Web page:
Christmas and holiday season,Will Ferrell,Kwanzaa,Hanukkah

Column: Why you should tell your kids tragic stories this holiday season

December 26, 2016
in Kids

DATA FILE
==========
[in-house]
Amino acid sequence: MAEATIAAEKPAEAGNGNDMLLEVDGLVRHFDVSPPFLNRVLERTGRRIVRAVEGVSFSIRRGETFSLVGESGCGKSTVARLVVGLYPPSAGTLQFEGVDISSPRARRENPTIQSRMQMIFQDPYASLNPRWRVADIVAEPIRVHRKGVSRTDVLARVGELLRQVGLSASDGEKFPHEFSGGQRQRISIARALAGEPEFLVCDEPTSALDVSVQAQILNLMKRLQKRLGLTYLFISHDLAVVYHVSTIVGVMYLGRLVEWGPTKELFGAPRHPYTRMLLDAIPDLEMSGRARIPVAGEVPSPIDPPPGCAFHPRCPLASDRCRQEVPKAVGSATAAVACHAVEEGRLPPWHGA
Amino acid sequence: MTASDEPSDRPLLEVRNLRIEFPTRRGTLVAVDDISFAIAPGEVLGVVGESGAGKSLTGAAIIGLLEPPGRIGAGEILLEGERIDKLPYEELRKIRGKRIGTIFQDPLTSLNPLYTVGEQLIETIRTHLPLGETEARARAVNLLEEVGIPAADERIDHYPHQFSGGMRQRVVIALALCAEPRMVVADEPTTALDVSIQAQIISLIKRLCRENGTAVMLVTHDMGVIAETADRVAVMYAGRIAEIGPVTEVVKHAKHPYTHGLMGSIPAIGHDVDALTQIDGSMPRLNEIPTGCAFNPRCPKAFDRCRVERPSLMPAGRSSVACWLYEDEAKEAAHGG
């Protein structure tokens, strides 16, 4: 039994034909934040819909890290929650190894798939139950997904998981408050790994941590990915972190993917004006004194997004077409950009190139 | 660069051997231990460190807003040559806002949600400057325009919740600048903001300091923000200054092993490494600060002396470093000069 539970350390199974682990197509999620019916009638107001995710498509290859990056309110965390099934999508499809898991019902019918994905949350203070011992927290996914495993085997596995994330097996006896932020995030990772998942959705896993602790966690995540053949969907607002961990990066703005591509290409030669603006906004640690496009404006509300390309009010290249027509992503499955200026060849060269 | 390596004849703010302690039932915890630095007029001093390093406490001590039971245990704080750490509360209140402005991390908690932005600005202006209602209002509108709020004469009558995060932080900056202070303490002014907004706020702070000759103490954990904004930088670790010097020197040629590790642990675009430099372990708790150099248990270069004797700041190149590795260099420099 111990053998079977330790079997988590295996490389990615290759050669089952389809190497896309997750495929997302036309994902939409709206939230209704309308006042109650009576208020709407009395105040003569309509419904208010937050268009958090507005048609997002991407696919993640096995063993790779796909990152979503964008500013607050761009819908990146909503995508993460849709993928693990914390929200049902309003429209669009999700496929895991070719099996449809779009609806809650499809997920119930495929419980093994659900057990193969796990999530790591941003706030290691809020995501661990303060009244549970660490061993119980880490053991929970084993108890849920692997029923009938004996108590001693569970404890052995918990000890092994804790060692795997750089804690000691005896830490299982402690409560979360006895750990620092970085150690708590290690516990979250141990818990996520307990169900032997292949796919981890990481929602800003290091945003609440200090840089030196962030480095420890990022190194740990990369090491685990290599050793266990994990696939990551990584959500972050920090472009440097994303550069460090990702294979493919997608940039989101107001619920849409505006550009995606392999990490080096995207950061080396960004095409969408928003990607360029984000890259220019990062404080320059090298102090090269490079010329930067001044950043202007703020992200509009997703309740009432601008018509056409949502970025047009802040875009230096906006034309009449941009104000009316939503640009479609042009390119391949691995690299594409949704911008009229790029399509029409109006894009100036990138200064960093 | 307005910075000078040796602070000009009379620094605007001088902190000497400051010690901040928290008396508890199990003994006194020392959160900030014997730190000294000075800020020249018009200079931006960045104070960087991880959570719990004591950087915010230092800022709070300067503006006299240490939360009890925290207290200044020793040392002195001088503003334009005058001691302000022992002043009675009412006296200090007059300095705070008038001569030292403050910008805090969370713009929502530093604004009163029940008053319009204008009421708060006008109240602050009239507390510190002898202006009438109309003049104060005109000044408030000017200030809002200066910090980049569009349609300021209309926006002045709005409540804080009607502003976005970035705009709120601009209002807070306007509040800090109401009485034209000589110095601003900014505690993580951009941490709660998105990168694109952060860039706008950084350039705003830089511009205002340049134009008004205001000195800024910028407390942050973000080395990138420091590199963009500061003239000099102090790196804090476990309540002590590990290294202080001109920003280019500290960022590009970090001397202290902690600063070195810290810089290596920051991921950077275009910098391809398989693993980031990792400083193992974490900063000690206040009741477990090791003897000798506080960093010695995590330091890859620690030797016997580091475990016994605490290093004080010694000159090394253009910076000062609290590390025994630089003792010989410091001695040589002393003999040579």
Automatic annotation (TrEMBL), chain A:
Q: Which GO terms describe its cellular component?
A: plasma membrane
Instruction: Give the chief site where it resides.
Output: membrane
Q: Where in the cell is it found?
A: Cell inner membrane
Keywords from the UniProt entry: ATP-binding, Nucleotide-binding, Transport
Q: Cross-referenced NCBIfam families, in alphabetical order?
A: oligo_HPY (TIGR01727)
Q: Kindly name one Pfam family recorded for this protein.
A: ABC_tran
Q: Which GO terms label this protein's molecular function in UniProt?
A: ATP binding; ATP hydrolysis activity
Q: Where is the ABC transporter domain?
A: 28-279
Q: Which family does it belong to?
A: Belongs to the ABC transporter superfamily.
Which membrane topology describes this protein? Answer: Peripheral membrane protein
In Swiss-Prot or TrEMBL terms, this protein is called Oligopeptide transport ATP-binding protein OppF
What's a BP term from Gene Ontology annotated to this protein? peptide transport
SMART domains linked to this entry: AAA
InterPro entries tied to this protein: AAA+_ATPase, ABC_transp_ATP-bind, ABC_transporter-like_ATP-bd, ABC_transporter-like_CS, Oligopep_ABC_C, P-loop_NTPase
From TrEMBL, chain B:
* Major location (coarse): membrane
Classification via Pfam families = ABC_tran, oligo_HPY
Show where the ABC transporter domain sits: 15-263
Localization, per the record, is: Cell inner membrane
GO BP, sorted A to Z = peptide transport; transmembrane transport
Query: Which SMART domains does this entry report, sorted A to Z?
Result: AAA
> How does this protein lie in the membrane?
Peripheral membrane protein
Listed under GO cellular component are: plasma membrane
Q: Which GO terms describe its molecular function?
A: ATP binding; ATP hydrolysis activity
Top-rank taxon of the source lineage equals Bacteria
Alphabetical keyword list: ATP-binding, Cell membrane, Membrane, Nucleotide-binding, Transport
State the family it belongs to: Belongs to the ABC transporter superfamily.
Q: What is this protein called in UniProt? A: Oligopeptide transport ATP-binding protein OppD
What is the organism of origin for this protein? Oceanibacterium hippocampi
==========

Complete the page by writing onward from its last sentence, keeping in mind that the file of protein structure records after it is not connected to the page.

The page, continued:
Photo by Flickr user kelly.sikkema In every culture that anthropologists have ever studied, people tell stories. Families most frequently tell stories around the time of vacations, family reunions, (sadly) funerals, Thanksgiving and, of course, the family-oriented winter holidays of Christmas, Hanukkah and Kwanzaa. Stories are told about times past, times present and even times yet to be. These stories mix real people and places with imaginary people and places. For instance, there was never anyone called Sherlock Holmes, but the town he lived in – London – is real. The street he lived on – Baker Street – is also real. But there is no 221B – his house number in the story. So, why do we tell these stories? For more than two decades, my colleague, Robyn Fivush, and I have been studying the importance of family stories at Emory University’s Family Narratives Project, which conducts research on how people remember and narrate the events of their lives. And we have found that the more children know about their own family history, the healthier and more resilient they are. There are a variety of forms that family stories take. It has been our experience that the so-called “bad stories” – in which bad things happen to good people – do more to immunize children and build resilience than happy ones. What stories do families tell? Most families have stories that parallel the Seven Basic Plots proposed by journalist Christopher Booker. Briefly, these plots are: the Quest (think Lord of the Rings), Voyage and Return (Ulysses), Rags to Riches (Cinderella), Tragedy (King Lear), Comedy (Will Ferrell movie), Rebirth (The Ugly duckling, Shrek), and Overcoming the Monster (Star Wars’ Darth Vader). Generally, all of the family story plots contribute to a sense of history and resilience in families. But when dealing with difficult times, families tell the “voyage and return” and “overcoming the monster” stories. Our interviews with professionals working on...

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